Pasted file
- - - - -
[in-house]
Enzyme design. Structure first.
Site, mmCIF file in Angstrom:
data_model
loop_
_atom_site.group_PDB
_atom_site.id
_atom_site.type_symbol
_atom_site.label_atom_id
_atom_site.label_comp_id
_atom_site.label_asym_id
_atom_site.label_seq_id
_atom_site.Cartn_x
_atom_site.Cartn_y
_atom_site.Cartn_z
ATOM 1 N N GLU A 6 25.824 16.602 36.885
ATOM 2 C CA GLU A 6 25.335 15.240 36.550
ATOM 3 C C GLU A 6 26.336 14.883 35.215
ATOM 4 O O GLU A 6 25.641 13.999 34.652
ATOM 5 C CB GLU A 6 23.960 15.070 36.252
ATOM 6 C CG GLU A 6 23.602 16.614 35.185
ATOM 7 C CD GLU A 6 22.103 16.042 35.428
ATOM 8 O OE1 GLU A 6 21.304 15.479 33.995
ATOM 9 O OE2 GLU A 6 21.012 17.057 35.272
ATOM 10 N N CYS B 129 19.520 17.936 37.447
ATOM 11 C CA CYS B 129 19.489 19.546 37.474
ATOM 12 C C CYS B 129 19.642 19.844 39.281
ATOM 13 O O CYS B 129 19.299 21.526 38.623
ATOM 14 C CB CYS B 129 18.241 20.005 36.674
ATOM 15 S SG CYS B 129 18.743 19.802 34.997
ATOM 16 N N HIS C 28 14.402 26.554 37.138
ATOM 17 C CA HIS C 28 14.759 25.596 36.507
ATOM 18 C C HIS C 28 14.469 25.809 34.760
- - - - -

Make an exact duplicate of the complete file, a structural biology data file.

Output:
[in-house]
Enzyme design. Structure first.
Site, mmCIF file in Angstrom:
data_model
loop_
_atom_site.group_PDB
_atom_site.id
_atom_site.type_symbol
_atom_site.label_atom_id
_atom_site.label_comp_id
_atom_site.label_asym_id
_atom_site.label_seq_id
_atom_site.Cartn_x
_atom_site.Cartn_y
_atom_site.Cartn_z
ATOM 1 N N GLU A 6 25.824 16.602 36.885
ATOM 2 C CA GLU A 6 25.335 15.240 36.550
ATOM 3 C C GLU A 6 26.336 14.883 35.215
ATOM 4 O O GLU A 6 25.641 13.999 34.652
ATOM 5 C CB GLU A 6 23.960 15.070 36.252
ATOM 6 C CG GLU A 6 23.602 16.614 35.185
ATOM 7 C CD GLU A 6 22.103 16.042 35.428
ATOM 8 O OE1 GLU A 6 21.304 15.479 33.995
ATOM 9 O OE2 GLU A 6 21.012 17.057 35.272
ATOM 10 N N CYS B 129 19.520 17.936 37.447
ATOM 11 C CA CYS B 129 19.489 19.546 37.474
ATOM 12 C C CYS B 129 19.642 19.844 39.281
ATOM 13 O O CYS B 129 19.299 21.526 38.623
ATOM 14 C CB CYS B 129 18.241 20.005 36.674
ATOM 15 S SG CYS B 129 18.743 19.802 34.997
ATOM 16 N N HIS C 28 14.402 26.554 37.138
ATOM 17 C CA HIS C 28 14.759 25.596 36.507
ATOM 18 C C HIS C 28 14.469 25.809 34.760